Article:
Online, Lisson is presenting these watercolors (as well as a few acrylics painted atop photographs, not as rewarding) alongside the artist’s diary entries from the days of sheltering in place, plus a film of Mr. Liu walking through Manhattan with his sketchbook and iPhone. The reproductions aren’t high-resolution, and so these paintings can’t be fully judged and appreciated. But somehow it feels appropriate that Mr. Liu’s pandemic works, shot through with tenderness and gratitude, can still be encountered only from a distance. JASON FARAGO
Through July 31, by appointment. Fierman, 127 Henry Street, Manhattan; 917-593-4086, fierman.nyc.
Galleries are slowly opening again, some with a promise to limit attendance and others by appointment only, and I, personally, can’t look at my computer screen for one more second. So last week, in mask and gloves, I visited a few shows, most notably Cristine Brache’s “Commit Me, Commit to Me (Cázame, Cásame)” at Fierman.
The installation, largely visible from the street once the window gate is raised, is a sculptural interpretation of Remedios Varo’s 1958 painting “Papilla estelar,” in which a slender, golden-haired woman feeds porridge to a caged crescent moon. Stripping the image of its whimsy, Ms. Brache reveals a disturbing subtext: The woman becomes a mute piece of furniture with a bowed, featureless head, her body upholstered in the same floral-pattern fabric as the chair she’s sitting on. The moon, blue and electric, is plugged in between two fluorescent lights on the gallery’s peeling, stamped-tin ceiling. The walls are covered with hospital curtains.
The argument is that women are the real Surrealists — not only the artists, like Varo, edged out by more famous men, but any woman who can evade the brutal censors of both society at large and her own conscious mind. But the mise-en-scène, which makes it impossible to tune out the work’s physical context in the way we habitually do with paintings, feels particularly appropriate to the experience of viewing art now, too. It still seems sequestered and unreal, like a stage set with the house lights on. WILL HEINRICH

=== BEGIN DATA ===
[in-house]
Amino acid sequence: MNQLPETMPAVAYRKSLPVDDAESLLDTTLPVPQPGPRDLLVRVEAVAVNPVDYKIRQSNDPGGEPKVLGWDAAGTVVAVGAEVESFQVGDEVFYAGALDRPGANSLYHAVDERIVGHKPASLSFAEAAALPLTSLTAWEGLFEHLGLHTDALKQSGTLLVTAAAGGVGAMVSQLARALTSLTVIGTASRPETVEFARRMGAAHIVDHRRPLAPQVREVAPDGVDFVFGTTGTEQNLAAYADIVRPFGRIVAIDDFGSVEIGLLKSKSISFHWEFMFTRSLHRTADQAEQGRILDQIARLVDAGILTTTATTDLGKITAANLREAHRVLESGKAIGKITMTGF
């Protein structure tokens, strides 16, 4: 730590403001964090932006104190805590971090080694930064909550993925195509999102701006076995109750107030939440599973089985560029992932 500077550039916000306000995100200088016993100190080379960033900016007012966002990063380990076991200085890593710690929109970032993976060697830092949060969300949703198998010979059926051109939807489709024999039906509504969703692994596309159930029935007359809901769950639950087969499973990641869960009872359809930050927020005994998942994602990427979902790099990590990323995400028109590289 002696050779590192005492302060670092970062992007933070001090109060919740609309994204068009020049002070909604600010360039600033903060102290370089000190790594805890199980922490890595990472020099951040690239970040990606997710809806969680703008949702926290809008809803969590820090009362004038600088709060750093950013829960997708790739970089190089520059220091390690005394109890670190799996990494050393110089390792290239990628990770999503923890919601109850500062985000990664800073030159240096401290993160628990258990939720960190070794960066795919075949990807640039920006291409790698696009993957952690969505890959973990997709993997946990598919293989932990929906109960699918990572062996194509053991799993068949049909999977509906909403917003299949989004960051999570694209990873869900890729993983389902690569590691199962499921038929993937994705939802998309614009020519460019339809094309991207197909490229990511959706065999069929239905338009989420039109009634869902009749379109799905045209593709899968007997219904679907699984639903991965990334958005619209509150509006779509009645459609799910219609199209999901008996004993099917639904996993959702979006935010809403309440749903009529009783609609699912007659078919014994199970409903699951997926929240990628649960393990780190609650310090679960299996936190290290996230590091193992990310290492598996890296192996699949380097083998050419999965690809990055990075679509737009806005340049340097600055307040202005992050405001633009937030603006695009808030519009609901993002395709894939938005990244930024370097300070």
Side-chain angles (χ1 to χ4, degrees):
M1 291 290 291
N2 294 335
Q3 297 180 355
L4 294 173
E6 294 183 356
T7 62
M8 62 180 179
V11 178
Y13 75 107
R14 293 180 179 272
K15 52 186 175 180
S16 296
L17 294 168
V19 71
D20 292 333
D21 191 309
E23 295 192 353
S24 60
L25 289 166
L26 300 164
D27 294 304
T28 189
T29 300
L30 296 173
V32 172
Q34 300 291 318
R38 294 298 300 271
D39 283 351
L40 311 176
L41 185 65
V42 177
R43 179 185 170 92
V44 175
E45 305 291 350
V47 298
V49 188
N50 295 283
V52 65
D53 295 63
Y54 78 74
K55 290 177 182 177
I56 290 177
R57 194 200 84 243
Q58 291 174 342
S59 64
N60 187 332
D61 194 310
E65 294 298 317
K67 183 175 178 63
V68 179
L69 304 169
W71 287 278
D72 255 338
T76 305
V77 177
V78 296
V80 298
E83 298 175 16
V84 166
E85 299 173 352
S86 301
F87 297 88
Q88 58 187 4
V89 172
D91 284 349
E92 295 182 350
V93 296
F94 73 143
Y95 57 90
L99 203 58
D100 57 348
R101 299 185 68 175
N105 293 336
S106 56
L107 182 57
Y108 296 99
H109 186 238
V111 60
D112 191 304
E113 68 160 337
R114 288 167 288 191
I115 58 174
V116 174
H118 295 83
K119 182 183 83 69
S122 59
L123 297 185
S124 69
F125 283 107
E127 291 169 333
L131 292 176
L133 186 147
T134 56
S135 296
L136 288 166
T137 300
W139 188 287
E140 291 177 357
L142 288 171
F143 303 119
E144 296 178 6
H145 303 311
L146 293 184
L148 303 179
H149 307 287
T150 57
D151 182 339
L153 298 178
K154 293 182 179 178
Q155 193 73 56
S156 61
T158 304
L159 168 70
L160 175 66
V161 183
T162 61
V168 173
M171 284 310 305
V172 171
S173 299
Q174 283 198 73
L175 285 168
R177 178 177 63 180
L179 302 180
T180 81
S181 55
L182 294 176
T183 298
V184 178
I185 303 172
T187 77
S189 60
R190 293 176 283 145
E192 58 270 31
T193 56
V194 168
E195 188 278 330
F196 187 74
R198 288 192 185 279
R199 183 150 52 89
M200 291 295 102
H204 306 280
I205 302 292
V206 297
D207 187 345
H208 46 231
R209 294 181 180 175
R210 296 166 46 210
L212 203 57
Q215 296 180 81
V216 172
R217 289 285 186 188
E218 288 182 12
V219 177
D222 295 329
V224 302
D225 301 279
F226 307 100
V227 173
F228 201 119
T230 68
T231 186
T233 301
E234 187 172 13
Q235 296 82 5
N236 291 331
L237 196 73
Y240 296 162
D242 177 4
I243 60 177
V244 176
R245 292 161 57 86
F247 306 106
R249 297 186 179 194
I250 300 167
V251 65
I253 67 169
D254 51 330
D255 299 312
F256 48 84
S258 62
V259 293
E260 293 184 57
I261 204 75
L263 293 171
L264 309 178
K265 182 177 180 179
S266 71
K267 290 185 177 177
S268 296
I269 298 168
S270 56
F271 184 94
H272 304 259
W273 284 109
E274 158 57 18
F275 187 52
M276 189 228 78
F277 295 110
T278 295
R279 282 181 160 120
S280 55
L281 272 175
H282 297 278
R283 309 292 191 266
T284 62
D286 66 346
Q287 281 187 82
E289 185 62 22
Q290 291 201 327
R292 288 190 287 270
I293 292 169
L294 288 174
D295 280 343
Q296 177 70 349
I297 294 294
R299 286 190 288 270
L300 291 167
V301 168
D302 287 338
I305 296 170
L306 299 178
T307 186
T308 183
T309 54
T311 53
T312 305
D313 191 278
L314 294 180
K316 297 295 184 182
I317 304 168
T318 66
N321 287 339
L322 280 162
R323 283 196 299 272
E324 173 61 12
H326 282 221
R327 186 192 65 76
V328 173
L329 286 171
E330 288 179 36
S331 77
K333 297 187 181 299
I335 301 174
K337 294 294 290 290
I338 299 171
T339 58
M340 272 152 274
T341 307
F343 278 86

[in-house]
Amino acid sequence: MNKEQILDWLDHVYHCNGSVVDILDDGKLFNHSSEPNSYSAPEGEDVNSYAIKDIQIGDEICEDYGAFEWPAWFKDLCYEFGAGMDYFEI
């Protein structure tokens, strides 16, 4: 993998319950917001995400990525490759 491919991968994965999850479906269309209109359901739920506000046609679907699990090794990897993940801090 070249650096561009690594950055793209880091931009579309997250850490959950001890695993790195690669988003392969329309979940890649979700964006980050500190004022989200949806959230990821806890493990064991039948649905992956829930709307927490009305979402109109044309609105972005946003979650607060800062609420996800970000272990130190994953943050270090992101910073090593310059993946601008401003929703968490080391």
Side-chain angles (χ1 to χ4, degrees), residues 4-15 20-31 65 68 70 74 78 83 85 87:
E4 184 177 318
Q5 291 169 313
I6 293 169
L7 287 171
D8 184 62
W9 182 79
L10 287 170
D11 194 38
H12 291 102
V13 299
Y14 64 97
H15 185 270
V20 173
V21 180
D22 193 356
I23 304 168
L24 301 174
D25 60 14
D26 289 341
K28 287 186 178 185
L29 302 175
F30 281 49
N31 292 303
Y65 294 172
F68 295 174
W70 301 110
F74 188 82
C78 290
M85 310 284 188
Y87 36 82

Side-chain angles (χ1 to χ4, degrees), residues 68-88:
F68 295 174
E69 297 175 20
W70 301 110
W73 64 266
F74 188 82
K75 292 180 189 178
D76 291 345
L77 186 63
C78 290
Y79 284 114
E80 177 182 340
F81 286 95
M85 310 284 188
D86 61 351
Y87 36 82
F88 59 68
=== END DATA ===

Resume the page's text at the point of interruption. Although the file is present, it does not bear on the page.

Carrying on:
Through Aug. 2, by appointment. Deli Gallery, 110 Waterbury Street, Brooklyn; 646-634-1997, deligallery.com.
In “Balsam,” Vanessa Thill’s solo show at Deli Gallery (which can be viewed by appointment or online), three sculptures stand in a semicircle. Lit dramatically, the works comprise thin, vertical, oblong strips with patches and swirls of caked-on, muddy color, as if they were excavated from the earth. They’re suspended in frames of wiry, blackened branches. They remind me of the three witches in “Macbeth”: seeming to hail from the spirit world but showing up in our own to deliver a message.
Over the past few years, Ms. Thill has developed a process for making sculptures that appear simultaneously base and preternatural, dirty and beautiful, messy and smooth. She dips strips of paper in mixtures of ingredients that have included pigments, coffee and tea, fake blood, flies and locks of hair. After letting her concoctions pool on the paper and evaporate, she covers the pieces in resin and finds ways to hang and suspend them. The finished works have a distinctive look but aren’t uniform, recalling, variously, slabs of meat, fossils and clothing.
The products of this method in her current exhibition — there are six in all, plus a pair of works on paper and two other sculptures — are called “Portals.” It’s a fitting name. Sitting at my computer, I imagined myself standing in front of one: The encounter would mimic looking in a mirror, except instead of my own reflection, I’d be staring at a handmade landscape, its marks and traces mapping depths beyond the surface. JILLIAN STEINHAUER